Michael McGee’s canonical essay, “Text, Context, and the Fragmentation of Contemporary Culture,” continues to circulate as a basis for the rhetorical criticism of fragments. This quasi-method of rhetorical analysis affords critics multiple agencies, including the opportunity to attend to more than one single, discernable text and to account for the critic’s ethical responsibilities as a rhetorician in how they performatively produce themselves and their archives. In this citation of McGee’s work, often what has been forgotten or excised is the context of the essay itself, particularly the last and longest section of the essay wherein McGee ruminates on the fragmentation of contemporary culture. In light of the durability of this essay and the conference theme, this talk revisits McGee’s fragmentation thesis to reassess it against a contemporary media practice, what we might think of as a literal in situ rhetorical practice of binge-watching television. More specifically, we will engage Making a Murderer in some of its complexity as a fragmented text swirling about in multiple contexts of contemporary culture to think through the continued importance of McGee’s fragmentation thesis. Accordingly, we will revise McGee’s notion of fragmentation to account for current conditions of cultural possibilities, including how the recirculation of common texts works against this felt sense of fragmentation. Along the way, we will consider, for example, the following questions: (1) Why Steven Avery’s case and why now? (2) How and why does binge watching a documentary series matter in the production of our understandings of the law? (3) How does an investment in particular institutions of the law work against feelings of fragmentation?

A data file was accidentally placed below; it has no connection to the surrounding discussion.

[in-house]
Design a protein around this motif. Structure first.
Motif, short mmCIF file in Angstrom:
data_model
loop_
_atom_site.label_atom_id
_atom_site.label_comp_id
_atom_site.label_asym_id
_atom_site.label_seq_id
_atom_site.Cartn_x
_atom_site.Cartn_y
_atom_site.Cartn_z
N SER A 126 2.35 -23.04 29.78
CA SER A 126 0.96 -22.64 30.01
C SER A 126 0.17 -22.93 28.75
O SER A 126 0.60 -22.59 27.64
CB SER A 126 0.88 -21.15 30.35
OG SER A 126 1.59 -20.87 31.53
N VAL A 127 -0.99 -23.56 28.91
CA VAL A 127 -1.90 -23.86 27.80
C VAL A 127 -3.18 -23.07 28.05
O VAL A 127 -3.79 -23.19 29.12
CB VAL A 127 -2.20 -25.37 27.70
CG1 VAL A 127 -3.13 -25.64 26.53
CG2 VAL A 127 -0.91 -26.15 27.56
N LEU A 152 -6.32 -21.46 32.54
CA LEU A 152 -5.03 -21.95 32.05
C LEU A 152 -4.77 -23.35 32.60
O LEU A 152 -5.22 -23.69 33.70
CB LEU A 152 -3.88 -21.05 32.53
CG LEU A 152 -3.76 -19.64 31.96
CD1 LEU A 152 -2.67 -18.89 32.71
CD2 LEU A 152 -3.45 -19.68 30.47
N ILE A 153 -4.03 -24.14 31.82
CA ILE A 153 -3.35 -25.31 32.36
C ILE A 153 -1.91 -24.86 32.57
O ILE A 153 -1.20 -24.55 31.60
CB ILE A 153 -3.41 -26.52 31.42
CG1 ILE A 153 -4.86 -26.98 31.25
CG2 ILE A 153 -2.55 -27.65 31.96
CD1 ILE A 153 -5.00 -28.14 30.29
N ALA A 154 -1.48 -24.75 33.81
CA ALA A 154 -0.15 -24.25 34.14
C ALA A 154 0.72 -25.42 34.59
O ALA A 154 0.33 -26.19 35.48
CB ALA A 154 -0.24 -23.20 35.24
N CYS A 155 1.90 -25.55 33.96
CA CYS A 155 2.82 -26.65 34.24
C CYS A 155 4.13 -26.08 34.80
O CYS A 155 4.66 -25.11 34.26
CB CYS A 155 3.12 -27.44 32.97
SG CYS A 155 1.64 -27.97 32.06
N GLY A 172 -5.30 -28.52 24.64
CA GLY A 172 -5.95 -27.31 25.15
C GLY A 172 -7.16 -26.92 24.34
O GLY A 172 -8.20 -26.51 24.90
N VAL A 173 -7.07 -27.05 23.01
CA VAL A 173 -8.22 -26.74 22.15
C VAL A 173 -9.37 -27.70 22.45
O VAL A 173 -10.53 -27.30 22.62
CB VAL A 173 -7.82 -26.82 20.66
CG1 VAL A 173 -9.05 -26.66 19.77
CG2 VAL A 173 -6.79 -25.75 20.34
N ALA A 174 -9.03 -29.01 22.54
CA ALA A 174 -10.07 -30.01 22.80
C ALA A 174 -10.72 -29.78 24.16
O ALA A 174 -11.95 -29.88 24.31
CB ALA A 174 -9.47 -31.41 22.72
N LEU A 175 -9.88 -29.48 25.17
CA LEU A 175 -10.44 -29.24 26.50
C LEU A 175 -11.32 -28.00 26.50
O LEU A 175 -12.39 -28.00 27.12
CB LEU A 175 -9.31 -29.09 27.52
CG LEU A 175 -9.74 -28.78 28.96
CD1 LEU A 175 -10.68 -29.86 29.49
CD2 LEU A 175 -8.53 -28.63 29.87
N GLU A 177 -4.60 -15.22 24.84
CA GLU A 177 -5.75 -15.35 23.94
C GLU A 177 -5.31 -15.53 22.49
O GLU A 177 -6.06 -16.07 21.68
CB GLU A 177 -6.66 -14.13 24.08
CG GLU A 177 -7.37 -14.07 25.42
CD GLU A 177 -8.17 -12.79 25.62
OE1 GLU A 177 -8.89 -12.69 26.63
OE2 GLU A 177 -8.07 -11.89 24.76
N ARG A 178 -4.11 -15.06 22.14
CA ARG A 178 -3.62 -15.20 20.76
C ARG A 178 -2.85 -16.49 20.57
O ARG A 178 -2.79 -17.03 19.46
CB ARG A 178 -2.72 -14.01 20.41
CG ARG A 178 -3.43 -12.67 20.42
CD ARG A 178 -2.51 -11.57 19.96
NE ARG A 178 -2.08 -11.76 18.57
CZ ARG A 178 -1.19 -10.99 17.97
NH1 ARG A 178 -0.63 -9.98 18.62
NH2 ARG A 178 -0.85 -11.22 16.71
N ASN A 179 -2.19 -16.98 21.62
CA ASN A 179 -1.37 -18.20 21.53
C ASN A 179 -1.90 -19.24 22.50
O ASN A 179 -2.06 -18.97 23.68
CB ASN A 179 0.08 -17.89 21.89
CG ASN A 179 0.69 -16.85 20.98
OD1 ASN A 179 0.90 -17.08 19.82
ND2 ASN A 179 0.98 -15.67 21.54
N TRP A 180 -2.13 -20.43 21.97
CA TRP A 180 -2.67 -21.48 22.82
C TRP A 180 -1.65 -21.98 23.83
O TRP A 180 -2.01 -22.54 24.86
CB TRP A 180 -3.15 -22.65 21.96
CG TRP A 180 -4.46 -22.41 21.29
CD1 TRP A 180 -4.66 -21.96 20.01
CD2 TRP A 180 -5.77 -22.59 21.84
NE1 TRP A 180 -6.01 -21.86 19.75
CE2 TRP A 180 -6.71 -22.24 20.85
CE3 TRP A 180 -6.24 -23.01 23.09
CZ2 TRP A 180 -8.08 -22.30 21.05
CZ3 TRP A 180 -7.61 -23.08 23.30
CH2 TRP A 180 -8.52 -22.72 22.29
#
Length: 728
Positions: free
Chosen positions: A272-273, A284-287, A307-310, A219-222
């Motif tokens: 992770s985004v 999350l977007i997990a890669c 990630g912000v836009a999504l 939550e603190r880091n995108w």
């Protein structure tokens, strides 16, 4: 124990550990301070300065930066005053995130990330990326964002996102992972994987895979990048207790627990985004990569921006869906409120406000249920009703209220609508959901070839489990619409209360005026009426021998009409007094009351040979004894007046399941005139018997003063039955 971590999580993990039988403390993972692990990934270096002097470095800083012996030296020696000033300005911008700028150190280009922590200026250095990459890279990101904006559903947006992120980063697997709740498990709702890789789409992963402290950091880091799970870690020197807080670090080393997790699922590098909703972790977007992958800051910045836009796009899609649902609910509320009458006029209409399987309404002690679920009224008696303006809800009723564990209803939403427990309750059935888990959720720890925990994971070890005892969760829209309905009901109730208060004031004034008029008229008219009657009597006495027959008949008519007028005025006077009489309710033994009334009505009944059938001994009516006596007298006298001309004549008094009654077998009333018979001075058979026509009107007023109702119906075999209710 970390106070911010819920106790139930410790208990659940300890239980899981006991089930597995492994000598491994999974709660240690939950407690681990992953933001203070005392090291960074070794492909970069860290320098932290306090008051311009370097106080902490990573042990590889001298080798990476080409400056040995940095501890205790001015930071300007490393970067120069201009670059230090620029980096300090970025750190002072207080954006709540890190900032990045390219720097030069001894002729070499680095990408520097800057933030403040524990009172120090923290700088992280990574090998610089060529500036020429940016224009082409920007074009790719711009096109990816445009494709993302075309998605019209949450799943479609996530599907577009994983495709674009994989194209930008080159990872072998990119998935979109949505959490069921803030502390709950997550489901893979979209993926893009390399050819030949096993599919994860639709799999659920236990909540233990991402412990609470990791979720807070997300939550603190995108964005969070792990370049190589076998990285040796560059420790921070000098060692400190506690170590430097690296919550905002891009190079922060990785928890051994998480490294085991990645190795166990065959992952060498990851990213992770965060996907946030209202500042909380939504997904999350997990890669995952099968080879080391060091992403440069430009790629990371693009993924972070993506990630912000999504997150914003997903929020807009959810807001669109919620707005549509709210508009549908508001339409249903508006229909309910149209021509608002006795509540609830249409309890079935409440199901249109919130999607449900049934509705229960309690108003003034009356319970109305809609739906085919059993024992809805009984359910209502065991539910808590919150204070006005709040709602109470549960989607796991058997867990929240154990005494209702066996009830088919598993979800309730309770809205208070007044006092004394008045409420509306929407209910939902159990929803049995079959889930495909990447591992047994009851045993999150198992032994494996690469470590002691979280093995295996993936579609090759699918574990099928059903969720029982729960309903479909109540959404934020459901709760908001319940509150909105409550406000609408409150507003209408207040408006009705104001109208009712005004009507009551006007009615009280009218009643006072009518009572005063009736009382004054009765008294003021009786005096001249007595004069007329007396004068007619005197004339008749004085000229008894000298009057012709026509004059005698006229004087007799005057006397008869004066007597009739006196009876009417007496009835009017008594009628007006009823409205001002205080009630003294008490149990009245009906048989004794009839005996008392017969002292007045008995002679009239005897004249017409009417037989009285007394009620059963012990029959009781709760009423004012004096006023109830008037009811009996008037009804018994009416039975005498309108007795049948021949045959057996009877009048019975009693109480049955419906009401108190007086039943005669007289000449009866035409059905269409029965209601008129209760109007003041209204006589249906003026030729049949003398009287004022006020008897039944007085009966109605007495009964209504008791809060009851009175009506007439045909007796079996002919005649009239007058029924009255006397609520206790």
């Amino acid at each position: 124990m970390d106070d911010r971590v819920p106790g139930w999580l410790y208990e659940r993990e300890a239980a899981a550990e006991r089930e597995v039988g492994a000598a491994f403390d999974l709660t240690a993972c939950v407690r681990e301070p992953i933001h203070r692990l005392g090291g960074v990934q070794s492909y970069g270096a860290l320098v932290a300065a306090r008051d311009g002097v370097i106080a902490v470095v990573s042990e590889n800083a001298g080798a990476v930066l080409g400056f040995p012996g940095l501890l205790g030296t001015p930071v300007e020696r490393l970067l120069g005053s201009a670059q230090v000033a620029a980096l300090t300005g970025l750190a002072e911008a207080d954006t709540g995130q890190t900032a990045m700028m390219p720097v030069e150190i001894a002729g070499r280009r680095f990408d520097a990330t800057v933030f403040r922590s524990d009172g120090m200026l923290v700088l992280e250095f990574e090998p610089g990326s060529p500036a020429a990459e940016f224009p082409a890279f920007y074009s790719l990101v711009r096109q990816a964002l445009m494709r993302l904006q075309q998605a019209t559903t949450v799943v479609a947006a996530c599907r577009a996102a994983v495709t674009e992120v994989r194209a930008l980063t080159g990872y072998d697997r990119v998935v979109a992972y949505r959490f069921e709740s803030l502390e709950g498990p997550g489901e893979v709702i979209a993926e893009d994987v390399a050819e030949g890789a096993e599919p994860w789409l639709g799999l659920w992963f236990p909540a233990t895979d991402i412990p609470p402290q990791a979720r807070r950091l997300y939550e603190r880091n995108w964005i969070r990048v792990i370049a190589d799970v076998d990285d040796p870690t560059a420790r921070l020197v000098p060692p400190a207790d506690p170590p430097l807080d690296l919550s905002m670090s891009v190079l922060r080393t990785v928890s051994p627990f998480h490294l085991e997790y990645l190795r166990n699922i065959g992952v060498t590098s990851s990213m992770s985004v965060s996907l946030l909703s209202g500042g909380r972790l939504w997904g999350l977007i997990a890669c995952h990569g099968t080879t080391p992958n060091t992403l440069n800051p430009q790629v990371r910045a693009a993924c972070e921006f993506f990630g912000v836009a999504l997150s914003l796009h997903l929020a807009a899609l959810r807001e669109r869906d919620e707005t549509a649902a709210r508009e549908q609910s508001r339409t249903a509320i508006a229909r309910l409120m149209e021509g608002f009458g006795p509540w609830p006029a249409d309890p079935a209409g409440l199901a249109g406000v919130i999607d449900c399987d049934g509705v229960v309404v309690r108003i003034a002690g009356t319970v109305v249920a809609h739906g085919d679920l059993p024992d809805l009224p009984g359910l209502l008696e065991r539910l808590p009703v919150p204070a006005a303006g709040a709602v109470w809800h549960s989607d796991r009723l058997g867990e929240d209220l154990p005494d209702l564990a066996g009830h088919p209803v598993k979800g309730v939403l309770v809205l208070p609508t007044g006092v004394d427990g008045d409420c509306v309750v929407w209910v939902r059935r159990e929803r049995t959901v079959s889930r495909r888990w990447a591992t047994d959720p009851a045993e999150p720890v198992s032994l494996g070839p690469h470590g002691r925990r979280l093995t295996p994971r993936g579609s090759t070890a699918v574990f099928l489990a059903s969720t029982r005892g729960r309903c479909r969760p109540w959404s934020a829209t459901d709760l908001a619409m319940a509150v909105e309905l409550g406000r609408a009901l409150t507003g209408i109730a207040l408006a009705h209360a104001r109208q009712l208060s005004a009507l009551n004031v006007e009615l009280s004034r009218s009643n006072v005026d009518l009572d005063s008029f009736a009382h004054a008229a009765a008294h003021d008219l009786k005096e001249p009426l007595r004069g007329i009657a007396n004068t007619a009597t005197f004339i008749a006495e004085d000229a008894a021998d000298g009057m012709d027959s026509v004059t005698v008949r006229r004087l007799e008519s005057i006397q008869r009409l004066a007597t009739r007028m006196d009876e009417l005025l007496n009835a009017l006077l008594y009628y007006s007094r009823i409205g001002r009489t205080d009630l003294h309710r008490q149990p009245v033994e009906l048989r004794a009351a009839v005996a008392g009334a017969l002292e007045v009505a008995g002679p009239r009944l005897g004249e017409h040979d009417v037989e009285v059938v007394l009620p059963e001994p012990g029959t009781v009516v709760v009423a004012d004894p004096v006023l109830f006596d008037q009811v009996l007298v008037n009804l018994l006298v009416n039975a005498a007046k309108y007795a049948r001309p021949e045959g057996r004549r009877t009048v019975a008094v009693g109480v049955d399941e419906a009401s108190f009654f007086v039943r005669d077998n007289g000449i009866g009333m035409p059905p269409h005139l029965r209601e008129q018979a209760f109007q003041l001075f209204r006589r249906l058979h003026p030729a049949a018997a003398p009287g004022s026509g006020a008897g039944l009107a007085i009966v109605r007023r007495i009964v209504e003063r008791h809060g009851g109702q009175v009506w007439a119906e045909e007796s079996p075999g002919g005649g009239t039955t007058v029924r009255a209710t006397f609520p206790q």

Sara L. McKinnon